This content was published on Jun 02, 2021 – 11:24
The G7 finance ministers, who meet on Friday and Saturday in London, must support the principle of a minimum international corporate tax to fill public coffers drained by the pandemic and combat tax competition between countries.
However, ministers of the seven most industrialized countries, who meet in person with central bank governors and representatives of the European Union and the International Monetary Fund, are expected to postpone the formal announcement of the deal to the G20 in July.
According to a statement currently being discussed by member states, obtained by AFP, the G7 “strongly supports ongoing efforts within the G20 and the OECD” to confront “the financial challenges arising from globalization and digitization of the economy.”
He adds that he supports “a high level of ambition in creating a global minimum tax” for companies.
According to a source close to the negotiations, the UK, which is chairing the G7 this year and will host its heads of state and government at the June 11-13 summit, would like to be able to claim the paternity of a major global tax. an agreement. Archaeology.
“But several countries, including the United States and Italy,” which will host the G20 summit in Venice, “do not want the G7 to get ahead of the G20,” the same source said. “So the question is not whether we will reach an agreement, but when,” he asserts.
– Tax dispute –
However, the negotiations ahead of the meeting – which should also address the global recovery after the pandemic, climate change, crypto regulation or aid to poor countries – have yet to reach an agreement on what tax rates will be adopted.
Last week, US Treasury Secretary Janet Yellen referred to 15% as a “threshold,” but earlier lows of up to 21% were cited.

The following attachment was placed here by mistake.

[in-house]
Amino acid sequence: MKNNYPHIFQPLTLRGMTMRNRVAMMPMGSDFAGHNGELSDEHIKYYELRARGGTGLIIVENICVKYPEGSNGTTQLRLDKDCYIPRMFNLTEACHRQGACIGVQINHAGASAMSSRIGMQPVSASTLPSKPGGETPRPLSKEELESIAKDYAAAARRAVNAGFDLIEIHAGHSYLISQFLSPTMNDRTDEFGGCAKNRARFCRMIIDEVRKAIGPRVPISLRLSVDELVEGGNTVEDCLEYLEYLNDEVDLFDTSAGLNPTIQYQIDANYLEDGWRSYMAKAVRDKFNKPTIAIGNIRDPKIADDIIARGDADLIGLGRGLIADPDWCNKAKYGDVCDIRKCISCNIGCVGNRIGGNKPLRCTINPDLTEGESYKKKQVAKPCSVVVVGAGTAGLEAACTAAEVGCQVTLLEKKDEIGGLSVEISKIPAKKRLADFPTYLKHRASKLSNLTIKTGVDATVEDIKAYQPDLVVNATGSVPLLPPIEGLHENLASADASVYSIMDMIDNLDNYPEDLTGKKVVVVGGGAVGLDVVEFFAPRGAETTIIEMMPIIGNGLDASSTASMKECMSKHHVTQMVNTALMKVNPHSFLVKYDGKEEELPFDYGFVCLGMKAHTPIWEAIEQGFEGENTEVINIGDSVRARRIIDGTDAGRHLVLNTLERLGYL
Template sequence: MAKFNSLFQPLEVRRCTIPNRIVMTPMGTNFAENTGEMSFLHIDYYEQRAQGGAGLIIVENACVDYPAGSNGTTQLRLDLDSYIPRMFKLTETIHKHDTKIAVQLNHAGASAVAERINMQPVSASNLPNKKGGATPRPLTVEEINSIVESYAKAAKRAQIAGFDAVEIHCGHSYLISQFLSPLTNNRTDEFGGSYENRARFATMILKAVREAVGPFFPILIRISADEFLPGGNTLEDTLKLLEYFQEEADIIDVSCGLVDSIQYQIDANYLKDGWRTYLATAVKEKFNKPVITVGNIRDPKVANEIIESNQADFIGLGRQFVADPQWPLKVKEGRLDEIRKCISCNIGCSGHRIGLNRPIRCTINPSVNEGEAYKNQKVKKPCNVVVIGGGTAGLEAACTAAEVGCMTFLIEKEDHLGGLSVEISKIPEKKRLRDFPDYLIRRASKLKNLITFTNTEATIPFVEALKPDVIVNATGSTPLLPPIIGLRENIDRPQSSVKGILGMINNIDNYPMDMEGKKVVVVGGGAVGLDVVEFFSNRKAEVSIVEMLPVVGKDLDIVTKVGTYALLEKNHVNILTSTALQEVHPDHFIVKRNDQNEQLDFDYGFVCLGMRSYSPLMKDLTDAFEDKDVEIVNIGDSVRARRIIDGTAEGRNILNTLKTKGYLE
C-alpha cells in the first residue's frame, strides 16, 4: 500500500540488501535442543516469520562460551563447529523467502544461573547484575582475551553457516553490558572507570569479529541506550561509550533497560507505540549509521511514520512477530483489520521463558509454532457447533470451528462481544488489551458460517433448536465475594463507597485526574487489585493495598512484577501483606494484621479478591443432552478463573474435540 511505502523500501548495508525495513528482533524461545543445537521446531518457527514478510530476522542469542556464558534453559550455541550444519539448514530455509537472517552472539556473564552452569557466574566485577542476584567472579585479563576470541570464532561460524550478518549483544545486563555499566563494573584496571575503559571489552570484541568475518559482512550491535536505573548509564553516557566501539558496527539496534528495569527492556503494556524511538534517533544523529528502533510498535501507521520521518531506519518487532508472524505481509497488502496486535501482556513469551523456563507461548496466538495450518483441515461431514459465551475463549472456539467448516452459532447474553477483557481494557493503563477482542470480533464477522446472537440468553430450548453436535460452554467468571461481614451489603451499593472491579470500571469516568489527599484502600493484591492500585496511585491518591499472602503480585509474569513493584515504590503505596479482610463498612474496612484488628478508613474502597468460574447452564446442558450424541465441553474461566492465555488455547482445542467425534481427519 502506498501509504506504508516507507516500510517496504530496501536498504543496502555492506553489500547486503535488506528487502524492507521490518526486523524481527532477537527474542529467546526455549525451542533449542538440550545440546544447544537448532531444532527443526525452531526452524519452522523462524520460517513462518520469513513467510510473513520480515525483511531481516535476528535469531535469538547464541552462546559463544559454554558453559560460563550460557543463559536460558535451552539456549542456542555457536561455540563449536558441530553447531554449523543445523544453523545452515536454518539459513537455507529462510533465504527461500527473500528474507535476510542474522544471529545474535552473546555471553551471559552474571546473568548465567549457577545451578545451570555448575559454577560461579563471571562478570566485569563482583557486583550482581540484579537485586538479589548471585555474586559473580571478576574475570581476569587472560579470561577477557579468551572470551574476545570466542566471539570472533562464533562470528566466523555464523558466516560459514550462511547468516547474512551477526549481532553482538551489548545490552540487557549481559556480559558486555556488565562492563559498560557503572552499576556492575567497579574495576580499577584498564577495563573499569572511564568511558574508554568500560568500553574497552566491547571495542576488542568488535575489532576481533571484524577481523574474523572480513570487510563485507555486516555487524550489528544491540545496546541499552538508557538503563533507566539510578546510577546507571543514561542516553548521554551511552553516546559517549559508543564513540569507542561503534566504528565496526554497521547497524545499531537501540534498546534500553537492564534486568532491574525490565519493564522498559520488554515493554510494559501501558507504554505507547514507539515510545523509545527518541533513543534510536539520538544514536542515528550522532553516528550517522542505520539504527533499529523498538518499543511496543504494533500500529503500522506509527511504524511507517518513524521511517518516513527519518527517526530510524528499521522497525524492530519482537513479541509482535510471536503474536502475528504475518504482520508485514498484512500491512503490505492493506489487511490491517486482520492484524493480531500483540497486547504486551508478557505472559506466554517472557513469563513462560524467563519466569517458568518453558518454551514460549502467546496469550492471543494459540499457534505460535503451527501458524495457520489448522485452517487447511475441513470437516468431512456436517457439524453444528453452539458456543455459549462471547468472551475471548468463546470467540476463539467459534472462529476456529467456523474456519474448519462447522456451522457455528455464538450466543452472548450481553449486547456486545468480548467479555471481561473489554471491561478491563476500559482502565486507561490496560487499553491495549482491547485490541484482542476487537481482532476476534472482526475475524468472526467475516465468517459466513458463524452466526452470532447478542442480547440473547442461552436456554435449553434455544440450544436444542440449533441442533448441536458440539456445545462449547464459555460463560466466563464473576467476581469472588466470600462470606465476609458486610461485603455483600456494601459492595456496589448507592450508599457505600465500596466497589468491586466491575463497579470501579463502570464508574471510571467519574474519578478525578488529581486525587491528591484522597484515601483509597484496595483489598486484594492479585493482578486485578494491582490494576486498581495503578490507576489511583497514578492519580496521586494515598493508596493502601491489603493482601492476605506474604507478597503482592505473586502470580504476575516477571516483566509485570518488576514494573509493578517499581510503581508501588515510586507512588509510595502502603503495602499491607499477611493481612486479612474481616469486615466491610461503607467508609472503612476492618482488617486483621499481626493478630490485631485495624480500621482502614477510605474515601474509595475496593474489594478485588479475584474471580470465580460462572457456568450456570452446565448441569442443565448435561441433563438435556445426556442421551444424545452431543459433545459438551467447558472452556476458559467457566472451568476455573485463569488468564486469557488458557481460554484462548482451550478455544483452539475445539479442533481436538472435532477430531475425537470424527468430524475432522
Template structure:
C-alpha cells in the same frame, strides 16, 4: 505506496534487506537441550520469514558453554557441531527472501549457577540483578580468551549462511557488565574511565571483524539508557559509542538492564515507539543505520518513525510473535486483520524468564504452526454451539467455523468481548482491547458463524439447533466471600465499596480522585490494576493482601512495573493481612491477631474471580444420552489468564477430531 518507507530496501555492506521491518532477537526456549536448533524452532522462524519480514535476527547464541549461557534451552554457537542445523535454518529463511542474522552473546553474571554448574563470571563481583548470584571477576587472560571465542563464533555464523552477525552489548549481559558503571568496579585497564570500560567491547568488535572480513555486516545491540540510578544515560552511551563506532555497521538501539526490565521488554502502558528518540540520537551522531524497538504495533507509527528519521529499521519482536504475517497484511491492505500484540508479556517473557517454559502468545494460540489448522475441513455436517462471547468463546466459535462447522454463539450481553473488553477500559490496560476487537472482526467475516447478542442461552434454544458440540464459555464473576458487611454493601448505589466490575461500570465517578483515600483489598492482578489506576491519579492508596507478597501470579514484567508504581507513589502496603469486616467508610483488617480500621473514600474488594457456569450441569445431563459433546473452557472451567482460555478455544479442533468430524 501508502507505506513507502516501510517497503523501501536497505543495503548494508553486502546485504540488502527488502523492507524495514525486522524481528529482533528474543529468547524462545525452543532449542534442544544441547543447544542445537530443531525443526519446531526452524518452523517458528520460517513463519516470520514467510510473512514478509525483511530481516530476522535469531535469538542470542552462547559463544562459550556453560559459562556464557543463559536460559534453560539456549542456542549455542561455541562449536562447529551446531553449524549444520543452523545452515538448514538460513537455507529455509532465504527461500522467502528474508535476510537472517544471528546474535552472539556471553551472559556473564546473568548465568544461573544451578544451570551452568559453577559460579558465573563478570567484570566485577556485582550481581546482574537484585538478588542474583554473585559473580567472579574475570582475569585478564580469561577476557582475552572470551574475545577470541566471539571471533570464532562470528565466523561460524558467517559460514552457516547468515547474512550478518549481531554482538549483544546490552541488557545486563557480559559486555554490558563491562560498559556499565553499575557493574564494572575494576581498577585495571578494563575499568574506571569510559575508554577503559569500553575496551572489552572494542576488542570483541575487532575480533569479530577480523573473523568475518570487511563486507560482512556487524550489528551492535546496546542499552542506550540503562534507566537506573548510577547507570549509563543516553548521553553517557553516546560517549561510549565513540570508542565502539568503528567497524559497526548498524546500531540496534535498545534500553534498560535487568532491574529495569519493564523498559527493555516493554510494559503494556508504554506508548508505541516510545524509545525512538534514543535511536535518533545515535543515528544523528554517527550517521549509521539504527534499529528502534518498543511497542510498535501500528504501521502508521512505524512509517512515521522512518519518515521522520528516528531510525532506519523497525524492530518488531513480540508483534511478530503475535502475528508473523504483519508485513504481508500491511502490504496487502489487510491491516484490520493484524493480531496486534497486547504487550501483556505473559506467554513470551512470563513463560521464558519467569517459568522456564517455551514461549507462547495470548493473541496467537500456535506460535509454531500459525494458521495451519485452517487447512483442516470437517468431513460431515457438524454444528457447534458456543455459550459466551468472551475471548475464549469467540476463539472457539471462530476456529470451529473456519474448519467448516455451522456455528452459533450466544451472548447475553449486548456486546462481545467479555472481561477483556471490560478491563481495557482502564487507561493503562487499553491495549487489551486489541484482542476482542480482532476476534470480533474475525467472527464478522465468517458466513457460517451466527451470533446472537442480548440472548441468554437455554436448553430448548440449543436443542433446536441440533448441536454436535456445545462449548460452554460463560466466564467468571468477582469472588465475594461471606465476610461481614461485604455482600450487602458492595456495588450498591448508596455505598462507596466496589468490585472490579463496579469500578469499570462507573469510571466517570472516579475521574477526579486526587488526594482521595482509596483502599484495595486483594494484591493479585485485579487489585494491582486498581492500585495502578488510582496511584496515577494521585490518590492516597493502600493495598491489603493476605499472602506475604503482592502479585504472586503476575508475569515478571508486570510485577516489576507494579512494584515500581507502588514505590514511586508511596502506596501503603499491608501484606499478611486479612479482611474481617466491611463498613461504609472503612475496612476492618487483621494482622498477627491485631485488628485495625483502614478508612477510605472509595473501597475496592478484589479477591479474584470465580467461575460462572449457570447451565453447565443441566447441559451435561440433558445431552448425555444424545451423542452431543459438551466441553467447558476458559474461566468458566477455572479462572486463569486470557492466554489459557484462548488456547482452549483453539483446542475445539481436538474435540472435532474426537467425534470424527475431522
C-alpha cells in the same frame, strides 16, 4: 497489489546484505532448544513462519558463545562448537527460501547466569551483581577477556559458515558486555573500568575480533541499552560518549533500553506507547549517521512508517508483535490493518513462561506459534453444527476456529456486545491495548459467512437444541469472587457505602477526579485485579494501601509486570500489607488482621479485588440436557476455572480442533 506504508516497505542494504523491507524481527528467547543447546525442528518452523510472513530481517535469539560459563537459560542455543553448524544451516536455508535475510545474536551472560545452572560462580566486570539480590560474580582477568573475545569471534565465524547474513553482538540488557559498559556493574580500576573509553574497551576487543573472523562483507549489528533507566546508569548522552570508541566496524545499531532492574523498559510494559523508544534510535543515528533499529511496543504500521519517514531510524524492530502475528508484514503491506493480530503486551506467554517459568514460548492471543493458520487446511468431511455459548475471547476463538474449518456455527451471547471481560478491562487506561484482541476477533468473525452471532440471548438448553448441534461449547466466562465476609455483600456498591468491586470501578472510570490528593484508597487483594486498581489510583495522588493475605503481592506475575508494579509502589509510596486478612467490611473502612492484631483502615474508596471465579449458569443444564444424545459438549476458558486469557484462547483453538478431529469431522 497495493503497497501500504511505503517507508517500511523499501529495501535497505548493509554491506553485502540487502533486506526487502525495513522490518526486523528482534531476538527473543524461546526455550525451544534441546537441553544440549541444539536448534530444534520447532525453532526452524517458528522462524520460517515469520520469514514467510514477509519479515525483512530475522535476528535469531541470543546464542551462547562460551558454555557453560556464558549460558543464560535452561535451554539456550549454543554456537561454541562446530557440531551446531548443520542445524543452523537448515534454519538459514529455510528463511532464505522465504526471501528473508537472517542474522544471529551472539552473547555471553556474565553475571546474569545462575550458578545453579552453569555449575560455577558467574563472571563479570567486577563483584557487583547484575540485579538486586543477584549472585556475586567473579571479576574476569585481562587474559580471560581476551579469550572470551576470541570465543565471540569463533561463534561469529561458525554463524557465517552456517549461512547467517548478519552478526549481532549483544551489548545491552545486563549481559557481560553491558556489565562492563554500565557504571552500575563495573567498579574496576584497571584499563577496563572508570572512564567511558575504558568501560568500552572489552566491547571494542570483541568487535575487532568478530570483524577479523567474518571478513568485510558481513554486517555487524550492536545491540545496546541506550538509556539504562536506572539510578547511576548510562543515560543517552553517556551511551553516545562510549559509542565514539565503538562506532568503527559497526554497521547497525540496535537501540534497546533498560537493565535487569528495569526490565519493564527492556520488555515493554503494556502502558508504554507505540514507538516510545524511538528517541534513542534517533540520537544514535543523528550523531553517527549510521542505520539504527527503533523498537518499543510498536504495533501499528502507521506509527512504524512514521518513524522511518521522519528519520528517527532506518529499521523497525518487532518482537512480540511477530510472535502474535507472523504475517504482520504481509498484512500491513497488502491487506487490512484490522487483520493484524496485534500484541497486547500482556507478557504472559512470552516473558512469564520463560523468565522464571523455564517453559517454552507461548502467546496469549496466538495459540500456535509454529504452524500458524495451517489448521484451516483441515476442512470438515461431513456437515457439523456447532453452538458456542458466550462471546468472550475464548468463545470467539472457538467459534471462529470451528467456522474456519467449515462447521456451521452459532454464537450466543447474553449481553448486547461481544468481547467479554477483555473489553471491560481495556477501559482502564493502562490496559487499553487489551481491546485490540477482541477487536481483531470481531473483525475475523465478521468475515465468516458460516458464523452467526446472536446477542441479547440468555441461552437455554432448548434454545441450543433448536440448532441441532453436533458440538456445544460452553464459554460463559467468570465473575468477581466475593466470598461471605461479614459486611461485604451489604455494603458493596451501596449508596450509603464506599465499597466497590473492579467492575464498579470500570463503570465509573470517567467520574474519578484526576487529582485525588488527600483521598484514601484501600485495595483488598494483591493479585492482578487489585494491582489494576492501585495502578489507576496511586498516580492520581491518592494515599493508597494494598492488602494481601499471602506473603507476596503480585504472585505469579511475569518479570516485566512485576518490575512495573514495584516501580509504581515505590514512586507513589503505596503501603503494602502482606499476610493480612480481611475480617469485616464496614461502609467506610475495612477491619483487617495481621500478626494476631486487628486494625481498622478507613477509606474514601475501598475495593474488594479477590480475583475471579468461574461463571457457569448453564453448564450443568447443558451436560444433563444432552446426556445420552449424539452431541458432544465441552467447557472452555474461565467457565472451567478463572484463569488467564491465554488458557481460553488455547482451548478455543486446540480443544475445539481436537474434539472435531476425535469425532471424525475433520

The UK, which plans to raise its corporate tax to 25% from the current 19%, wants the agreement also to highlight the need to tax companies where they do business, not just where they are registered.
It’s about preventing multinationals, especially digital companies like Amazon, which have benefited greatly from the pandemic and shutdowns, from paying hefty taxes relative to their income.
However, Ireland, which has one of the lowest corporate taxes in the world, thanks to which it has attracted many European headquarters of large multinationals, is against this measure.
According to a study published on Tuesday by the European Tax Observatory, if the European Union applied a 25% rate, it would collect 170 billion euros ($207 billion) in additional tax revenue in 2021, up 50% from today.
If the rate is only 15%, the profit will be only 50,000 million euros.
Although it is difficult to predict whether there will be consensus in the G-20, “it will be difficult to stop the momentum that the G-7 started,” says Jonathan Portes, professor of economics at King’s College London.
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